TiMax world-first Shakespeare musical in a half-pipe
Switzerland’s Thunerseespiele this year featured a world first for TiMax when its SOR audio localisation was used to track Shakespeare’s Romeo and Juliet performed in a massive half-pipe with a cast of BMX stunt bikers and skateboarders. Billed locally as Romeo and Julia, the ultra-modernised tale of love and tragedy set amidst the legendary feud between Montagues and Capulets was more Upper West Side than romantic Verona.
One actor noted the peculiarity of spouting classical prose whilst risking life and limb hurtling up an 8 metre high ramp, but such outlandish production concepts are nothing new to Thun’s vast open-air lakeside amphitheatre, which has previously staged lavish productions such as Jesus Christ Superstar, Titanic and Aida. Since 2009 all have been supported with TiMax source-oriented reinforcement (SOR) sound designs by Thomas Strebel whose experienced audiopool engineers also crew the events, with TiMax system design and programming support from Out Board’s Robin Whittaker.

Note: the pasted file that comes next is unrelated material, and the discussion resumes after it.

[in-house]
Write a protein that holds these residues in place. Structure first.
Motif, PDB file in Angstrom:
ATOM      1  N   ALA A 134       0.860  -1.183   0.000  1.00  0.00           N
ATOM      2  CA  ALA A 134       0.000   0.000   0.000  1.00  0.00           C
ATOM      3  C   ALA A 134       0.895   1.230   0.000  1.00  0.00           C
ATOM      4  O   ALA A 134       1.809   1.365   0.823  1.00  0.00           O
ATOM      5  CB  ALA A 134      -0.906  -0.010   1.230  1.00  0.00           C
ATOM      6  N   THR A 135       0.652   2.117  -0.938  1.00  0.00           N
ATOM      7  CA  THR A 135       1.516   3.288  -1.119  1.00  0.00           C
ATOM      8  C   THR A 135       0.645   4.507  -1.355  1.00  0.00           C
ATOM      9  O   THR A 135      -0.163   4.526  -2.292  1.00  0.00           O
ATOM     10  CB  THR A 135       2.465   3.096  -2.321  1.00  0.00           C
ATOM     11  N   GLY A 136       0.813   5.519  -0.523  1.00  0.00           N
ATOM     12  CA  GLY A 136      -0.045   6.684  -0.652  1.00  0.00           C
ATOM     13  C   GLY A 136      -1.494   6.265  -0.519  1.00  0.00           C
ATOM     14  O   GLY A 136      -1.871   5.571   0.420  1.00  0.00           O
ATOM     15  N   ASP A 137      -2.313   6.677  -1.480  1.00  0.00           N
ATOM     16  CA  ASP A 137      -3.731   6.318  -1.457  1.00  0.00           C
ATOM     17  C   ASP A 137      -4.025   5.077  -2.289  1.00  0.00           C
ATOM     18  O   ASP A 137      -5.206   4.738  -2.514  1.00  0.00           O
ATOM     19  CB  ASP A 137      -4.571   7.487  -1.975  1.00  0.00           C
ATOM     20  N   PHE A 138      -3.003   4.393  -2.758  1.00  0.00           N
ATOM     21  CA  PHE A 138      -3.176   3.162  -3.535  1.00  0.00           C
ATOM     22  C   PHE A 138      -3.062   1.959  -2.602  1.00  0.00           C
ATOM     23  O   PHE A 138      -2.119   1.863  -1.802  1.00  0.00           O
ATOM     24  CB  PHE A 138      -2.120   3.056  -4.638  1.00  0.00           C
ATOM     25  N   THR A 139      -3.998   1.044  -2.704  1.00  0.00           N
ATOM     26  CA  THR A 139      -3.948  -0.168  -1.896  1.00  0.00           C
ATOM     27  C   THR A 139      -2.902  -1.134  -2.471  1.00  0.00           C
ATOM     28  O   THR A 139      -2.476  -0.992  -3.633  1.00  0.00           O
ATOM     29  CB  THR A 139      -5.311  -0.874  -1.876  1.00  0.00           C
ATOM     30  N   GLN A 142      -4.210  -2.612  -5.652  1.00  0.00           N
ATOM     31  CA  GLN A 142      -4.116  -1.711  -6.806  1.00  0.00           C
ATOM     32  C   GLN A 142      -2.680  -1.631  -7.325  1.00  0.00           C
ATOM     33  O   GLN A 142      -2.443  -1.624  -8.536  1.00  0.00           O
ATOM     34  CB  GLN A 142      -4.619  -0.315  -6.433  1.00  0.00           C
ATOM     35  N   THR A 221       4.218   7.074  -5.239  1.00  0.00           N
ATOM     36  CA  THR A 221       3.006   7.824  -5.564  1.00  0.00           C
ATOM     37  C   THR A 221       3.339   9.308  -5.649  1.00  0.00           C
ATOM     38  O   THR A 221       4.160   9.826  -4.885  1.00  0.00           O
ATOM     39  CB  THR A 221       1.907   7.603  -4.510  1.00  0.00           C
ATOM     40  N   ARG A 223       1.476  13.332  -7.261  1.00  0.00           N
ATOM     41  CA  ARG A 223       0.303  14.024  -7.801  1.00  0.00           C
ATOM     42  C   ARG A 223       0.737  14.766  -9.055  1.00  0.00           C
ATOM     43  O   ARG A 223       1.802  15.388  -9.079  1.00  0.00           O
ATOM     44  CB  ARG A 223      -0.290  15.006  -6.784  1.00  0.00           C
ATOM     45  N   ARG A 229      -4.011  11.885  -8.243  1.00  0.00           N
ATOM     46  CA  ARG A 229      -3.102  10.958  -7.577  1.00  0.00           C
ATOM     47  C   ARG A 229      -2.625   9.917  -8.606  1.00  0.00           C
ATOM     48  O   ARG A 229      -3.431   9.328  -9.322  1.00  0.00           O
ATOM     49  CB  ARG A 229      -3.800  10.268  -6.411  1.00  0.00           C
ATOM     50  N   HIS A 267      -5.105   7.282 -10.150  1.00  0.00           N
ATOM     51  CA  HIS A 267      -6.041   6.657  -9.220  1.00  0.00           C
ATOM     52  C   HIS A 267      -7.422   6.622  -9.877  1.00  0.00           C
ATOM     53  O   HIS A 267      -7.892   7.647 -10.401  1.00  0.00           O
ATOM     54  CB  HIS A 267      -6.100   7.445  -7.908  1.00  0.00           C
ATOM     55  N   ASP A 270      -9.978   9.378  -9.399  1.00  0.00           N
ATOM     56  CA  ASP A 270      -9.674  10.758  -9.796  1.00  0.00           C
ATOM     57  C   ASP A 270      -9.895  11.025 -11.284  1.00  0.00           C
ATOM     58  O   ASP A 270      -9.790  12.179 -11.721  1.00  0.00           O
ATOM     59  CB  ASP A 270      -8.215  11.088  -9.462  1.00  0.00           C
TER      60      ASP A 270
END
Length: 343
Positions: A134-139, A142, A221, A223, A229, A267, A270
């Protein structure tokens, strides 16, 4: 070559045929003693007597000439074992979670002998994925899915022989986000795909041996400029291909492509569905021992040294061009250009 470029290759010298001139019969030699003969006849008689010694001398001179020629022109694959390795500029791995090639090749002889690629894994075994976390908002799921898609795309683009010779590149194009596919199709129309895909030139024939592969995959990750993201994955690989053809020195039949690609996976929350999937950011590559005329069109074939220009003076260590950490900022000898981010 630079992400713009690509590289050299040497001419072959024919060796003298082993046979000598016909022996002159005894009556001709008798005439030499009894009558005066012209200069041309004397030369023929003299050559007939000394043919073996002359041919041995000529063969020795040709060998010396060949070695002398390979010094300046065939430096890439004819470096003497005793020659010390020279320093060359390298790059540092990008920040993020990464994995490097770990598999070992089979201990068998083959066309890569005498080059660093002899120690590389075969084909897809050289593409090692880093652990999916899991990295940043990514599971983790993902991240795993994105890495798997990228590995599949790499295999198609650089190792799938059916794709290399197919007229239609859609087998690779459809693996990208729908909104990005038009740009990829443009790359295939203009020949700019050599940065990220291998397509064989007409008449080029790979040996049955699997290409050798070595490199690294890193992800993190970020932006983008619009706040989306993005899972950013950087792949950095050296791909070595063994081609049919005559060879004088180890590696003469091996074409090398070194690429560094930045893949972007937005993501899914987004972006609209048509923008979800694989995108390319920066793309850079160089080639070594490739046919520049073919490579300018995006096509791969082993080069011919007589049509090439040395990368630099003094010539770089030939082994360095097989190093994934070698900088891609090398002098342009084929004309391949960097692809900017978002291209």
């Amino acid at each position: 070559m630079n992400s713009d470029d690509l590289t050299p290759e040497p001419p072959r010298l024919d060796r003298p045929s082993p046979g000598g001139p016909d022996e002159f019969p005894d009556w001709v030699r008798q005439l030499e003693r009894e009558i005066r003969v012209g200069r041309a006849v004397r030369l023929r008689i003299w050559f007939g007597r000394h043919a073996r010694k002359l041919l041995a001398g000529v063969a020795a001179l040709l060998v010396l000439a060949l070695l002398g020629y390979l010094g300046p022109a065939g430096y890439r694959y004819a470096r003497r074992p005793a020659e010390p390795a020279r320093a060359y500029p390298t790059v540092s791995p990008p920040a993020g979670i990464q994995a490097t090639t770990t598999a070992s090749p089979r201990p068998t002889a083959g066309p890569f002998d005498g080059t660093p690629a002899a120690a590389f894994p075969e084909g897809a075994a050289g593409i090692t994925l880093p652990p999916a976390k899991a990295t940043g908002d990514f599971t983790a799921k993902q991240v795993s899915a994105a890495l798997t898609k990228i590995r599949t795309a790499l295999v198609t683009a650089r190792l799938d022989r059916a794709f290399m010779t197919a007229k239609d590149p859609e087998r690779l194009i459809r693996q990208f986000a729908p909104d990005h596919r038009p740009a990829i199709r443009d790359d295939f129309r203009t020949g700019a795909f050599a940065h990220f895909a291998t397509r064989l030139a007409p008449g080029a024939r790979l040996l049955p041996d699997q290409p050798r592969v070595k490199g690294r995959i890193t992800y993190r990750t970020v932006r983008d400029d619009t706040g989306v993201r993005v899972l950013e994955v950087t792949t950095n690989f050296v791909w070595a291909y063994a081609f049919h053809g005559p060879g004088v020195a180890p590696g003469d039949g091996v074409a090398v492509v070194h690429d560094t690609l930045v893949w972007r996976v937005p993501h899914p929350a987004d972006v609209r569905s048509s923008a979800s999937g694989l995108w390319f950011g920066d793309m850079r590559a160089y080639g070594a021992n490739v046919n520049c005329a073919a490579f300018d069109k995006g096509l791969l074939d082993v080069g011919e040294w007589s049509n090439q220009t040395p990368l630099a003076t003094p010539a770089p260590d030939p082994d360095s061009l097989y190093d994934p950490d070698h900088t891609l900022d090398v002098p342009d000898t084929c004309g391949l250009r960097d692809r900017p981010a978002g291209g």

A TiMax SoundHub audio showcontrol delay-matrix system is controlled by TiMax Tracker automation such that transmitter tags worn by each performer send radar-frequency UWB chirps to sensors around the stage which then send positional information the TiMax SoundHub in real-time. SoundHub then applies specially developed morphing delay algorithms to each performer’s radio mic to ensure that every audience member hears their voice coming from where they actually are on stage.
This is achieved by independently varying the delay relationships between each artist’s radio mic and a distributed speaker system made up of d&b T10’s in the audience on poles and mounted on the stage lip as cross-firing imaging “anchors”, Q7’s embedded in the stage-front behind scrims, and further Q7 anchors mounted in the down-stage far left and right vertical walls of the half-pipe itself.
Thomas Strebel asserts that the high production values espoused by the producers absolutely justifies this detailed approach to vocal reinforcement.
“In a theatre you can work with light to highlight certain people," he explains “in Thun, the performances will also be held during the day, before nightfall: It is therefore important that you can locate the position of each actor precisely based on their voice. Otherwise it is too difficult to understand what is happening on a large stage. TiMax SoundHub gives us the processing and software tools to do this and TiMax Tracker makes it all fully automatic. Ironically once its working you don’t know its there, but if you switch it off it’s really uncomfortable”.